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Integrating a self-directed ultrasound curriculum for the internal medicine clerkship



Incorporating ultrasound into the clinical curriculum of undergraduate medical education has been limited by a need for faculty support. Without integration into the clinical learning environment, ultrasound skills become a stand-alone skill and may decline by the time of matriculation into residency. A less time intensive ultrasound curriculum is needed to preserve skills acquired in preclinical years. We aimed to create a self-directed ultrasound curriculum to support and assess students’ ability to acquire ultrasound images and to utilize ultrasound to inform clinical decision-making.


Third year students completed the self-directed ultrasound curriculum during their required internal medicine clerkship. Students used Butterfly iQ+ portable ultrasound probes. The curriculum included online modules that focused on clinical application of ultrasound as well as image acquisition technique. Students were graded on image acquisition quality and setting, a patient write-up focused on clinical decision-making, and a multiple-choice quiz. Student feedback was gathered with an end-of-course survey. Faculty time was tracked.


One hundred and ten students participated. Students averaged 1.79 (scale 0–2; SD = 0.21) on image acquisition, 78% (SD = 15%) on the quiz, and all students passed the patient write-up. Most reported the curriculum improved their clinical reasoning (72%), learning of pathophysiology (69%), and patient care (55%). Faculty time to create the curriculum was approximately 45 h. Faculty time to grade student assignments was 38.5 h per year.


Students were able to demonstrate adequate image acquisition, use of ultrasound to aid in clinical decision-making, and interpretation of ultrasound pathology with no in-person faculty instruction. Additionally, students reported improved learning of pathophysiology, clinical reasoning, and rapport with patients. The self-directed curriculum required less faculty time than prior descriptions of ultrasound curricula in the clinical years and could be considered at institutions that have limited faculty support.


Point-of-care ultrasound (POCUS) improves speed of diagnosis, reduces costly, unnecessary, and potentially harmful imaging, and aids in procedures [1]. Given its increasingly recognized use across many clinical specialties, 79% of medical schools feel that incorporating ultrasound curriculum is important [2]. Ultrasound curricula are commonplace in the preclinical years [3], where students learn basic ultrasound skills that improve their understanding of anatomy and physiology [2]. However, attempts to incorporate ultrasound into the clinical curriculum of undergraduate medical education (UME), where essential diagnostic and clinical reasoning skills are acquired, has been hindered by the need for significant faculty support [3]. This likely contributes to the sharp decline in ultrasound use in clinical years [4].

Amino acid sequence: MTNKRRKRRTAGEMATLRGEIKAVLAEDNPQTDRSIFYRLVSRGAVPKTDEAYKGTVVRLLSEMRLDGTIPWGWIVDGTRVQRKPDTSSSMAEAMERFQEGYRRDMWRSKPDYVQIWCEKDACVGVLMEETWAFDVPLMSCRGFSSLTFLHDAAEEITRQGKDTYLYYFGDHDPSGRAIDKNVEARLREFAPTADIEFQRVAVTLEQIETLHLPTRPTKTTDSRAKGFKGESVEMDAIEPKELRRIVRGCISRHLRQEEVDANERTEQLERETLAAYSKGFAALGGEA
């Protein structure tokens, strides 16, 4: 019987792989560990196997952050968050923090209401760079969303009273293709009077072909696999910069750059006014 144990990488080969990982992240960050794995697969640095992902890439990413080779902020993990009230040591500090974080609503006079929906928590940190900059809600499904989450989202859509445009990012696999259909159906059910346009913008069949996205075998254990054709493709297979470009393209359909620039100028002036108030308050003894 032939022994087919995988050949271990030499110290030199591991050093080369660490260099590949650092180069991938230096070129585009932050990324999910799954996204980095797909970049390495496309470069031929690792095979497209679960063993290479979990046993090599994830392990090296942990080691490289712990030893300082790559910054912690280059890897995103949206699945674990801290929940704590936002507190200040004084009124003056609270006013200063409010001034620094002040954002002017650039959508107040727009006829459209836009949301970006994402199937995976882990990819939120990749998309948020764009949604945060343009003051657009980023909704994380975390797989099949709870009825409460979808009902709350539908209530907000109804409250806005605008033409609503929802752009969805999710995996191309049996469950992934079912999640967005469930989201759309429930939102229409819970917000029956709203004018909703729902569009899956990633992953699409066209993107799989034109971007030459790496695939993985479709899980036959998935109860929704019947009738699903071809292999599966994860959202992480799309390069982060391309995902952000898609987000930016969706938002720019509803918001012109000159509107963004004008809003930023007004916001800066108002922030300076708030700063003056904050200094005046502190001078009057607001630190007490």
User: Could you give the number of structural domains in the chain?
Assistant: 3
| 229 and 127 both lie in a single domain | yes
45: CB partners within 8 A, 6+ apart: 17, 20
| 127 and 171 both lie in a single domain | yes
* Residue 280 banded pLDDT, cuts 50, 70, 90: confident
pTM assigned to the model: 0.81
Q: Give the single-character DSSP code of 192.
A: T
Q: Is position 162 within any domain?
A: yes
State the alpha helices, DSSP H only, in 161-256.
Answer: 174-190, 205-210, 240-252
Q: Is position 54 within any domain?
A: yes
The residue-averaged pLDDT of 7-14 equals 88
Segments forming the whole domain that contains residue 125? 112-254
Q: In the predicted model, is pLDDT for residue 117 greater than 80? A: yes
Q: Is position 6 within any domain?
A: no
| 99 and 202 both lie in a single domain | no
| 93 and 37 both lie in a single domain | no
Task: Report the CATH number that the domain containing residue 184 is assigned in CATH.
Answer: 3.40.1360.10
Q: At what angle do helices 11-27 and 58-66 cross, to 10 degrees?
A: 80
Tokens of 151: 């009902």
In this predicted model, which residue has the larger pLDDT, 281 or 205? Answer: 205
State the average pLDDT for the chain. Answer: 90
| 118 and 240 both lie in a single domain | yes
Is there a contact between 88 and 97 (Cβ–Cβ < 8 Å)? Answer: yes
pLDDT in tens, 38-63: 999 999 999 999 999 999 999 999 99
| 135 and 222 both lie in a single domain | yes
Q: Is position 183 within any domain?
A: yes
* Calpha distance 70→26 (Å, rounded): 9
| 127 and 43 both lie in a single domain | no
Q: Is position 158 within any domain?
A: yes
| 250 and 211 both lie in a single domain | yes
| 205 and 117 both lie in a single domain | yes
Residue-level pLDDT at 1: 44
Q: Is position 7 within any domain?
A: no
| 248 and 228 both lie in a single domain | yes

Medical schools have tried different approaches to integrate ultrasound into the clinical years [5,6,7,8]. Most curricula depend on in-person didactic instruction with significant faculty development and support [9]. For example, one assessment of the resources needed for a successful fourth-year elective found nine ultrasound trained faculty were required to commit 25 h per student per month [5]. Another needs assessment found that 24 qualified instructors would be needed to implement a faculty-led, hands-on program in the first-year curriculum for a class of 184 students [10]. Nationally, a lack of ultrasound-trained faculty is cited among the top reasons for lack of incorporation of ultrasound curricula [3].

Given the resource limitations of many medical schools, a need exists to design an ultrasound curriculum in clinical courses that does not rely on significant faculty support. Without integration into the clinical learning environment, ultrasound becomes a stand-alone skill and may decline by matriculation into residency. To address this need, we piloted a self-directed ultrasound curriculum in the third-year internal medicine (IM) clerkship designed to support and assess students’ ability to acquire ultrasound images on patients and to use bedside ultrasound in clinical decision-making in patients presenting with cardiopulmonary complaints.


Setting and participants

Participants were third-year Spencer Fox Eccles School of Medicine – University of Utah (Utah-Eccles SOM) students who matriculated in fall 2019 and completed their required IM clerkship during academic year 2021–2022. Students checked out Butterfly iQ+ portable ultrasound probes with iPad mobile devices in groups of two during their IM clerkship. Later, additional grant funding resulted in each student receiving their own probe. During the IM clerkship, students spent four weeks on general inpatient wards, two weeks on inpatient subspecialty wards (Cardiology, Hematology, Oncology, or Pulmonology), and two weeks in a general medicine clinic.